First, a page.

On the point of contributory negligence, the argument is that*as there is no proof of what occurred when the deceased reached the top of the wall and fell, if it be assumed that he fell, it cannot be said that he proved or gave testimony that the accident did not result in part from his own negligence. Of course, if there be no proof of attending circumstances, then the plaintiff fails. There may be proof, however, of these things without any direct testimony as to them. The case of Tolman v. Syracuse, &c. R. R. Co., 98 N. Y. 198, is a sufficient guide here.

Contributory negligence is omitting to act with ordinary prudence either upon that apprehension of danger which by law the injured person is bound under the case to have, or upon those appearances of danger which the situation manifests. If it be true that there is no reason to apprehend danger, or if the situation manifests no appearance of danger, there can be no neglect of a duty which is based upon these things.

In the present case it appears from the testimony of the witnesses that the street on which the intestate walked had the usual conditions of a street, and there was nothing about it which would induce apprehension of danger in a passenger, especially of danger from the ending of that part of the street at the top of a wall. Then the testimony showed that there was such an absence of light upon the place of the wall in .the street, or of anything that might be a warning, that the jury could have found *388that there was no appearance of danger, and hence no negligence in omitting to do otherwise than walking along the street, in a manner usual to those who go upon an unlighted street. This appeal does not make it necessary to decide whether, when the accident is the result of such a defect in the street, it is or is not necessary for the plaintiff to show a freedom from contributory negligence. It is only necessary to hold that in the facts, there was a scope which would permit the jury to find that the plaintiff was not negligent.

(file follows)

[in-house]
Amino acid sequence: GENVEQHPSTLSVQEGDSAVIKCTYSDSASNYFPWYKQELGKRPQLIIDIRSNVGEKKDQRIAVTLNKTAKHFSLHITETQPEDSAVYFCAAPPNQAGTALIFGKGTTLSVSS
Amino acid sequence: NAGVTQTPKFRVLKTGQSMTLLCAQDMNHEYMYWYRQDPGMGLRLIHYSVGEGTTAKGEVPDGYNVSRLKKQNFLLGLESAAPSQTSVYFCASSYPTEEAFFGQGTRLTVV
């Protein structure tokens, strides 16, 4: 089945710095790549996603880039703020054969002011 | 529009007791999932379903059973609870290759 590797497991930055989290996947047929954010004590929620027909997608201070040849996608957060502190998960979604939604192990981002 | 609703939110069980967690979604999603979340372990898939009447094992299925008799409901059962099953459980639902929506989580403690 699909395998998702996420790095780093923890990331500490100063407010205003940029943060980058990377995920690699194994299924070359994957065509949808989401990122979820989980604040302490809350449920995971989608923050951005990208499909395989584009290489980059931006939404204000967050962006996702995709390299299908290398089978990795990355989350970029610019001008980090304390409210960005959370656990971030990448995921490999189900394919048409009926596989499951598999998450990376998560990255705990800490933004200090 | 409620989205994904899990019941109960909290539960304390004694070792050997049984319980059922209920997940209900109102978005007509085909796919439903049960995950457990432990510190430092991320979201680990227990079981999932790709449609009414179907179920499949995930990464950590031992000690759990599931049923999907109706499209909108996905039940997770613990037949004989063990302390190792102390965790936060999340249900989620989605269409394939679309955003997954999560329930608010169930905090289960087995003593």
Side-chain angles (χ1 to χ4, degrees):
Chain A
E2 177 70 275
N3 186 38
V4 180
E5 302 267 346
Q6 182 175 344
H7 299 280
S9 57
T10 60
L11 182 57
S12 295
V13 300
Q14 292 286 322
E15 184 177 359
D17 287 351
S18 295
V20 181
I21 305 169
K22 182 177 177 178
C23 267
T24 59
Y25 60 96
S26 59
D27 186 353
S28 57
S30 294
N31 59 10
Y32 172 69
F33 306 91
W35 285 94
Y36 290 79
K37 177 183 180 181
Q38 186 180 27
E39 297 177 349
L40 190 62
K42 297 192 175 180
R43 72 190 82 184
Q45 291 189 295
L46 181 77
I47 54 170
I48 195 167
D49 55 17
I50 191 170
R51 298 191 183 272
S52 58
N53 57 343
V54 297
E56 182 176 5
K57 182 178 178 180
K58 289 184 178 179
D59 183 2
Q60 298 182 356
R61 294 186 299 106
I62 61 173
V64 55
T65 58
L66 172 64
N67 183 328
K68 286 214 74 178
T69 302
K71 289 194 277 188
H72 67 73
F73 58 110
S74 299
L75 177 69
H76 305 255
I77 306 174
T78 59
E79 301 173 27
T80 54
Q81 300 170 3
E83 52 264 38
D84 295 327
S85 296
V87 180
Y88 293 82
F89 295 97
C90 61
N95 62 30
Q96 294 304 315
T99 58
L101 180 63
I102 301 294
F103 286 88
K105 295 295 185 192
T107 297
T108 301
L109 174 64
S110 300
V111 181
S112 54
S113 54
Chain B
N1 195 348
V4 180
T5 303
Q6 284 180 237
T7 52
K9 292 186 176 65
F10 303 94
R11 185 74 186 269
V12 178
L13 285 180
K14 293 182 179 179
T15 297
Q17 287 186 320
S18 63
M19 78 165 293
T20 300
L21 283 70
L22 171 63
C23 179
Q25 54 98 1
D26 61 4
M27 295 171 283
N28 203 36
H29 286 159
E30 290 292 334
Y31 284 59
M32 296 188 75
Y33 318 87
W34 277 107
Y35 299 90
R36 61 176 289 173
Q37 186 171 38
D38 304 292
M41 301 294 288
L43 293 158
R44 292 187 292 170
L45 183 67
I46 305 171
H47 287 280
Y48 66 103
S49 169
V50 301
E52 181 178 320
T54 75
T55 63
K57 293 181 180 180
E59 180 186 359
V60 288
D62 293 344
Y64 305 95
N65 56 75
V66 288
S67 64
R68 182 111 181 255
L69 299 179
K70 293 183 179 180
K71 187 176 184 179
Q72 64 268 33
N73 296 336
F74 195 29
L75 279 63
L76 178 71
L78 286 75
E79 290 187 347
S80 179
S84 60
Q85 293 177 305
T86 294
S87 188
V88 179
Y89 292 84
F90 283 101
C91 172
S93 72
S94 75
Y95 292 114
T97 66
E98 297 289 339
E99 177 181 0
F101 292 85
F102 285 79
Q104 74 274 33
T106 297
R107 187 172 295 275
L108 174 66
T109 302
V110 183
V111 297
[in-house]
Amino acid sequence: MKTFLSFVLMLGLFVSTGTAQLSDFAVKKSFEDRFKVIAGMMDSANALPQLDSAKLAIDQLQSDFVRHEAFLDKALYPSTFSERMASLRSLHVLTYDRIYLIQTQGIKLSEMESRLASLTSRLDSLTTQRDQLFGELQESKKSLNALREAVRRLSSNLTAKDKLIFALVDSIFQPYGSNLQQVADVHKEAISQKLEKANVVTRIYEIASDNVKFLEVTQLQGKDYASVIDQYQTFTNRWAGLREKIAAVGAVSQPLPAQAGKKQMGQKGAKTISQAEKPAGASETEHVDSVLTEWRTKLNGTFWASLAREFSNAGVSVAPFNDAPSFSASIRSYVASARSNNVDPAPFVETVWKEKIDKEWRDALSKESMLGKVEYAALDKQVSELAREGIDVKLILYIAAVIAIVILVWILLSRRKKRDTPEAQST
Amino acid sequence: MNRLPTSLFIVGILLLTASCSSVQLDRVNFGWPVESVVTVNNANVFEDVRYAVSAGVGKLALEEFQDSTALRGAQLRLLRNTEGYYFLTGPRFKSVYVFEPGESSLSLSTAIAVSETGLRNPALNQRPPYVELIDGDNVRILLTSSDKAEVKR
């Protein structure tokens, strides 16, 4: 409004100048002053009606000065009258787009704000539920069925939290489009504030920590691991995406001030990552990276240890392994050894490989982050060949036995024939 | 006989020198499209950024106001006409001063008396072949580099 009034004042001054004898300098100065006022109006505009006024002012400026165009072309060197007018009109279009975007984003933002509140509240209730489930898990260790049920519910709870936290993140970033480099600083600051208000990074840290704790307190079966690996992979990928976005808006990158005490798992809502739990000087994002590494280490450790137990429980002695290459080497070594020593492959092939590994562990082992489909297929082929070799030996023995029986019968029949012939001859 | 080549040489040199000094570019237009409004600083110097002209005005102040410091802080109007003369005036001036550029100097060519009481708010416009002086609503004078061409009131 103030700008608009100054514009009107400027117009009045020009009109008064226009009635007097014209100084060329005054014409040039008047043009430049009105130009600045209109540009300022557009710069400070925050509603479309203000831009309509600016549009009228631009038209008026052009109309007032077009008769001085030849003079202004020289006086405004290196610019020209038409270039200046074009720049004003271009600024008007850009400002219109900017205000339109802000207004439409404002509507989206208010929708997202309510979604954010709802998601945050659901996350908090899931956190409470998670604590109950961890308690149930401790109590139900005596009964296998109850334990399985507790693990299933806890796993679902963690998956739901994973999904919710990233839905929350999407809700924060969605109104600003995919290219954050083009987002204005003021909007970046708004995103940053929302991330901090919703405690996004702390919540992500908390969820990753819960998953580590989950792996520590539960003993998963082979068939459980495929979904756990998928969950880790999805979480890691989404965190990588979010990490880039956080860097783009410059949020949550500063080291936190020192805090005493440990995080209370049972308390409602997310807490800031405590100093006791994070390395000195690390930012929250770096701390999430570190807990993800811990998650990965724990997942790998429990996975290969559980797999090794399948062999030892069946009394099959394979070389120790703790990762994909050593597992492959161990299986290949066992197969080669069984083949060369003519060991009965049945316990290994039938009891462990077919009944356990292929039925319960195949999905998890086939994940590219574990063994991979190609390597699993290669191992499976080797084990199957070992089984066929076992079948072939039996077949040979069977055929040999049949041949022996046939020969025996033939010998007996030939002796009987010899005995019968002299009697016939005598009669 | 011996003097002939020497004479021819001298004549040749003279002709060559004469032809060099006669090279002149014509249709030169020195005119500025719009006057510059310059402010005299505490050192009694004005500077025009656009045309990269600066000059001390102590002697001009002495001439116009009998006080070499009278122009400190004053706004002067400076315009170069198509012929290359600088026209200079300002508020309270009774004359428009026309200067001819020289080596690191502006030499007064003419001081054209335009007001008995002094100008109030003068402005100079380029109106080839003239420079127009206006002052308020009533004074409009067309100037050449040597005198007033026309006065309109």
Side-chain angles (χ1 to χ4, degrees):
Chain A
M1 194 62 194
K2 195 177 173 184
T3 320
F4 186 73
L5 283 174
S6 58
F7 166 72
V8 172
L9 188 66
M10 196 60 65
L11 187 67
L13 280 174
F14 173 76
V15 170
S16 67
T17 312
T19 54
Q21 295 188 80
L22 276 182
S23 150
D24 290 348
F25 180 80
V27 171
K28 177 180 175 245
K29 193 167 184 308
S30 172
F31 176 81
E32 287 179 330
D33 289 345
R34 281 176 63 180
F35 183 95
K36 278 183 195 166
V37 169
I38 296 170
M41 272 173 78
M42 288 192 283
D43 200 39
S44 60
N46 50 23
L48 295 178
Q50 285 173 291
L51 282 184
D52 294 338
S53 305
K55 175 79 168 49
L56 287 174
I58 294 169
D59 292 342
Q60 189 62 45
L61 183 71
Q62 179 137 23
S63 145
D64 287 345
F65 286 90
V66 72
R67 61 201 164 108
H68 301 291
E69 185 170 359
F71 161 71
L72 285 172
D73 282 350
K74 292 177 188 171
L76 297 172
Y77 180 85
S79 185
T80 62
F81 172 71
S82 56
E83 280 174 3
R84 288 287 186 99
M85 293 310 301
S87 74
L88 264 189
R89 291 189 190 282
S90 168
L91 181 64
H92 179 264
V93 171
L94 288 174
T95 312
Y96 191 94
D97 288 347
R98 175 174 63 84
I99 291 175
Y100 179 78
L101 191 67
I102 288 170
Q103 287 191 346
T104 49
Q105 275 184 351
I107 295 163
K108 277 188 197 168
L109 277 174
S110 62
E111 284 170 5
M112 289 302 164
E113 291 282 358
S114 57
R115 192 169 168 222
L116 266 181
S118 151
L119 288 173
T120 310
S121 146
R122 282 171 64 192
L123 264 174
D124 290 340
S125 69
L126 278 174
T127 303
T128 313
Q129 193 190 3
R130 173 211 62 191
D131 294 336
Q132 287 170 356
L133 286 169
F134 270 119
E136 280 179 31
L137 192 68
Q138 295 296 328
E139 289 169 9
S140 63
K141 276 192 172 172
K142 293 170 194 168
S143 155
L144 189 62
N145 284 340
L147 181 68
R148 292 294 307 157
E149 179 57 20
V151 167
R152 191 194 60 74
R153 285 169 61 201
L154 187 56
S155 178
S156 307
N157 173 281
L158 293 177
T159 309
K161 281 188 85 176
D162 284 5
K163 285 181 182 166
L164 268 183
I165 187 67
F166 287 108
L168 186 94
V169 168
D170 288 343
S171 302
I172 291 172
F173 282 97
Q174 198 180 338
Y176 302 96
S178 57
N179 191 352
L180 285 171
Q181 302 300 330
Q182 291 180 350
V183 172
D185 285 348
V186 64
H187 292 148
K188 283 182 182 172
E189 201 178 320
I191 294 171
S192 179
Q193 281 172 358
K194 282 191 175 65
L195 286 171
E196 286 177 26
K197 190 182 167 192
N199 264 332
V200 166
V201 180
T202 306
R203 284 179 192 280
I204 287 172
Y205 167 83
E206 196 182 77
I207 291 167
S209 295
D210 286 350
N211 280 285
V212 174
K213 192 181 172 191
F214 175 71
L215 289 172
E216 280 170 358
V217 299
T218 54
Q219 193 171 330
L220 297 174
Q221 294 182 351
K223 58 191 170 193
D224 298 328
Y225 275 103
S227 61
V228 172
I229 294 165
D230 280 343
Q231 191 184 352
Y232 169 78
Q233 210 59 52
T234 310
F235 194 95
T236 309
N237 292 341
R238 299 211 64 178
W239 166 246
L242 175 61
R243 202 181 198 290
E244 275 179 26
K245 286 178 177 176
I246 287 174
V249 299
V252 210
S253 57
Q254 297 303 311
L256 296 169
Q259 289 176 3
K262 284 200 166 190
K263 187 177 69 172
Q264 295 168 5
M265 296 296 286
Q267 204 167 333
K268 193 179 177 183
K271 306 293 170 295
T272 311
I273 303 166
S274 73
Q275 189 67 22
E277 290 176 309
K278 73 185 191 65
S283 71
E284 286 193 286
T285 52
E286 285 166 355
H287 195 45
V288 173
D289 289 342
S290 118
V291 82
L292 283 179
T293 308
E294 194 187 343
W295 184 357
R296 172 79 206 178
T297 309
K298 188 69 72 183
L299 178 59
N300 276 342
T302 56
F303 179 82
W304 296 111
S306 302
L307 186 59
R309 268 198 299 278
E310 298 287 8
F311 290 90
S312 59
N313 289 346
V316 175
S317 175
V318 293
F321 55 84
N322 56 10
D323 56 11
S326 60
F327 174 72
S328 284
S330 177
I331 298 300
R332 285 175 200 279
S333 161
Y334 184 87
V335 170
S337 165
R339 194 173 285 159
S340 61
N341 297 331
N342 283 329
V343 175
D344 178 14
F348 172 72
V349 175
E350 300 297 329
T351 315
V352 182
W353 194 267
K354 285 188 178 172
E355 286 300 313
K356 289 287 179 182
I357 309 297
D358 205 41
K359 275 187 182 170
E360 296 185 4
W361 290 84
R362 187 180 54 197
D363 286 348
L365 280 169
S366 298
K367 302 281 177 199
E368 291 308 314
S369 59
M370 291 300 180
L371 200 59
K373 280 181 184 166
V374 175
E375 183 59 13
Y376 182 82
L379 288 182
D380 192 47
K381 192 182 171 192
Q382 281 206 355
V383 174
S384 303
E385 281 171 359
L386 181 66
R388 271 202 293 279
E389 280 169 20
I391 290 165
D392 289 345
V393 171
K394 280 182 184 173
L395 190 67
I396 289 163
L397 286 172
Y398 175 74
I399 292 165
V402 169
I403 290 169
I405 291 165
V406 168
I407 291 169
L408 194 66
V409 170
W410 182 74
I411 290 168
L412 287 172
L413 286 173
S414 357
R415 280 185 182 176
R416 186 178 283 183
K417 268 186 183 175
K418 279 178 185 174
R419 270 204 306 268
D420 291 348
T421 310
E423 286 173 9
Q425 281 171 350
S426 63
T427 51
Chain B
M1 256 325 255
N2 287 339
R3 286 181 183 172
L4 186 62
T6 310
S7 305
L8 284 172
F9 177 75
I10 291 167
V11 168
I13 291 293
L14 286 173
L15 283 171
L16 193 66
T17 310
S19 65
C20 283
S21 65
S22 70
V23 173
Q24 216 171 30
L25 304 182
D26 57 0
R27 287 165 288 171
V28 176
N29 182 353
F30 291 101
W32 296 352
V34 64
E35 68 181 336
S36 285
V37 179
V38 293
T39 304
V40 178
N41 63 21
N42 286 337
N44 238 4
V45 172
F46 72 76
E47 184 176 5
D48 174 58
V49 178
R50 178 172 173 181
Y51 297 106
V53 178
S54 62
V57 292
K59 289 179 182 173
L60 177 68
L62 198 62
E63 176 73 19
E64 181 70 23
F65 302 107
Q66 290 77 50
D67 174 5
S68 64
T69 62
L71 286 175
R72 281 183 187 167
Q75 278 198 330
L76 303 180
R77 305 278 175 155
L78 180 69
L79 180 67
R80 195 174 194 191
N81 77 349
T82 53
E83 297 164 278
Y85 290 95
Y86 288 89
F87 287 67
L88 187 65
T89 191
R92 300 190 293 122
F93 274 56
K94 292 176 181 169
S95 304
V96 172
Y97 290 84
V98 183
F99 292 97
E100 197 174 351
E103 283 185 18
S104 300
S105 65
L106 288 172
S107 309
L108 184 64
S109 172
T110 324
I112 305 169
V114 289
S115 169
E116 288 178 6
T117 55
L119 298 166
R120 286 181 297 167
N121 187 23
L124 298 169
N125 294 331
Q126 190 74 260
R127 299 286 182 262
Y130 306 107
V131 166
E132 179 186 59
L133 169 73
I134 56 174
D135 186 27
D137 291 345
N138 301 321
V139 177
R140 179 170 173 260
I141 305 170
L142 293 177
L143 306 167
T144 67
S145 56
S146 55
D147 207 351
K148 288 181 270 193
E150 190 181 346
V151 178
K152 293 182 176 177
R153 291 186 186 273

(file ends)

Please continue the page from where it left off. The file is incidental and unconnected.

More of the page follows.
I cannot doubt that there was a corporate duty to give at the place of such danger on a highway, a warning as to there being a danger, which would suffice to inform persons of ordinary prudence that they should not go farther.

The plaintiff’s exception are sustained, the costs of the hearing to abide the event of the new trial, which is ordered.

Van Vobst and Freedman, JJ., concurred.